October 30, 2008
Brochure Spec Creativity
Frost on the windshield and a two hour commute yesterday due to a skiff of snow on the road. Made the appointments to ‘rust check’ the vehicles and change over the rubber. Dragged an ATV home to install the blade and pulled the batteries out of all the summer toys… Winter won’t be long now.
The long awaited snowmobile accessories brochure has been printed and distributed to Canadian dealers, the new Yamalube is in stock and the trucks are rolling.
I have been kept busy with regards to planning as we are moving forward (in an economic minefield) with some new projects. We also have a large group of dealers en-route to Japan next week for an extensive tour of the factory and country side. The factory boys are excellent hosts and our dealers are in for a real treat which should be a nice break before the winter strikes in full force.
I’m considering some ideas for content on the blog this season and would like to ask if you have any thoughts or subject material. If there is something you’d like me to address just add a comment to this post for consideration.
YK asked me a couple of interesting questions in the last post (Whistler While You Work), which I responded to before I had my morning coffee, which might explain the tone… I thought I would attach to this post, just because.
Hey YK, this is an interesting (and convoluted) subject. I could write an extensive response but the short answer: In marketing there is always a ‘creative’ way to make nice numbers. IMHO Yamaha is one of the worst players in this game. It has gotten to the point where our factory has requested (demanded) that we no longer publish horsepower or weight figures. Why? Because there are far too many ways to spin the data and if you don’t play aggressively you come up looking bad. Japanese for the most part make terrible liars.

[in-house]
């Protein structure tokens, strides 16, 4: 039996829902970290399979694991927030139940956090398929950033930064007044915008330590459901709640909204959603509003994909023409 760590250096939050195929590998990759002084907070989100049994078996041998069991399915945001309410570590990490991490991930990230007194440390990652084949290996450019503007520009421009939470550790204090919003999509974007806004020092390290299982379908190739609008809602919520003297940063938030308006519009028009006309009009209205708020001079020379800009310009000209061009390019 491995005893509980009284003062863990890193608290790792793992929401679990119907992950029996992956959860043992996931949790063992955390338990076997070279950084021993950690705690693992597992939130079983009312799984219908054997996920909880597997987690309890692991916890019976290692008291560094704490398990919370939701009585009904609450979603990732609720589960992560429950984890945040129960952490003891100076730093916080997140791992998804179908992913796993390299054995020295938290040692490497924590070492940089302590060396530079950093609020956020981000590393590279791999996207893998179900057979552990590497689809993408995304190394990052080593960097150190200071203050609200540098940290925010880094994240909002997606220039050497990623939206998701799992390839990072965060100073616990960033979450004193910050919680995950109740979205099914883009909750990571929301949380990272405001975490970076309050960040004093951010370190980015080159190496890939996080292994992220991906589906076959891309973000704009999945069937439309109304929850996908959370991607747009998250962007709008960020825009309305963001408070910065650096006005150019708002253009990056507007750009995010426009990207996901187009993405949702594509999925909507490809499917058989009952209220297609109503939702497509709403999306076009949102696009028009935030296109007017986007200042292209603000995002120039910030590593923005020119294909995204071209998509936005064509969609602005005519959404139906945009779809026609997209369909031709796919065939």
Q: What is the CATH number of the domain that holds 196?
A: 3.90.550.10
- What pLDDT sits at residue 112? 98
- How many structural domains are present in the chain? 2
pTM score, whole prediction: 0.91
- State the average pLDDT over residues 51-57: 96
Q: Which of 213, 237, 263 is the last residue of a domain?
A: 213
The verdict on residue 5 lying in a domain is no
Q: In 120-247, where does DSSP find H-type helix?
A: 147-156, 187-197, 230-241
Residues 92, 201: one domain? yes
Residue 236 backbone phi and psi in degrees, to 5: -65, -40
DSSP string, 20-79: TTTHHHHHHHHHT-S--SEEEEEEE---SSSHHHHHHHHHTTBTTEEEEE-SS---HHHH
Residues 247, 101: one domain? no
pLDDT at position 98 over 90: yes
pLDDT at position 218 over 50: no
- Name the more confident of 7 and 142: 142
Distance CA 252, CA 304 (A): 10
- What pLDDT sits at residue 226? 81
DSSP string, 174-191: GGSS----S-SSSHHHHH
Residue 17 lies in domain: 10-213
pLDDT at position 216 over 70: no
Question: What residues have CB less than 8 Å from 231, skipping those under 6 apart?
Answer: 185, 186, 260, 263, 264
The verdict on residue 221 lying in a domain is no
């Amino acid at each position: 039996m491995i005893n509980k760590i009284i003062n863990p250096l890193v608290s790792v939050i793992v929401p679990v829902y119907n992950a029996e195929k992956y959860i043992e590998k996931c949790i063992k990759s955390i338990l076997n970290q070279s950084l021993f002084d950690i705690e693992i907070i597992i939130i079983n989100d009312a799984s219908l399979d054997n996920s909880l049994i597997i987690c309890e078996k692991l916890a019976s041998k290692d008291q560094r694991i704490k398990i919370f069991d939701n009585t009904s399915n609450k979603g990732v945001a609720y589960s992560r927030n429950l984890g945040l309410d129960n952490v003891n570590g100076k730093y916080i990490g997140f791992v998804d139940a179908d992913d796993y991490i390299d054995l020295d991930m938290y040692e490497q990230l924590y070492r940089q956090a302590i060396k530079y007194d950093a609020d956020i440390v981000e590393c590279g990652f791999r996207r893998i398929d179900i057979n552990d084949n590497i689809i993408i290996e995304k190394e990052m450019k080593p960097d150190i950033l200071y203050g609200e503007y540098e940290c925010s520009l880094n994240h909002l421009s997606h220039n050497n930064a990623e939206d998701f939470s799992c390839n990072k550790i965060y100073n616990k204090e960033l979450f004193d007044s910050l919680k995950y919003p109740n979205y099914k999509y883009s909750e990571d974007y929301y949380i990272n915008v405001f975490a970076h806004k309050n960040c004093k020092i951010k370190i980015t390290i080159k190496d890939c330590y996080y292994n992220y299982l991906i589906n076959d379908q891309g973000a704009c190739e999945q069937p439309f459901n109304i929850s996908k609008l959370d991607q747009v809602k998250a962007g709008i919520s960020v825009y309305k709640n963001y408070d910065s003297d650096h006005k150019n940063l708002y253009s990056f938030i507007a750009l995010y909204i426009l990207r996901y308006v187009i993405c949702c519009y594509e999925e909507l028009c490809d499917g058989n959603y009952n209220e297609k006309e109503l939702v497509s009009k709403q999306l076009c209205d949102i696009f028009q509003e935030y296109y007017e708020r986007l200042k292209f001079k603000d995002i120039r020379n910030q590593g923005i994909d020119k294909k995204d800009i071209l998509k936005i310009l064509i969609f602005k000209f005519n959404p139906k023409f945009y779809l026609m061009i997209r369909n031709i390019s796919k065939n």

You don’t have to look far to see examples of direct comparison ads from our competitors that would have you believe Yamaha is relative crap and the peripheral stuff which is fed to media, dealers and consumers through more subtle channels is designed to support and strengthen their message.
To your point on making horsepower, just add RPM (or boost). It only gets complicated when you want to maintain the torque over a wide range and keep a high level of durability / reliability. An interesting example: The fuel injected Nytro motor and the new Venture FI motor, same block, same components but the Venture makes less horsepower. Why? In reality it makes more HP and torque than the Nytro at lower RPMs (where most trail riding takes place), where the Nytro is more progressive, making more HP at the peak RPM with a softer mid-range. (never thought I would refer to a Nytro as having a soft mid hmmm).
The 4-cylinder with less displacement makes more power yet but requires a gear reduction at the crank to keep the clutch alive. The answer to your Phazer question is found here, the peak power is made close to 12,000 rpm. Current snowmobile clutches would be spitting pieces of shrapnel if operated at that speed for any length of time.
I honestly don’t think you will find a better built snowmobile engine than Yamaha on the market today, regardless of claims. I am curious to see how the latest 4-stroke offerings (and new tech 2-strokes) from the competition hold up in the long run… we’ll just have to wait and see. cheers cr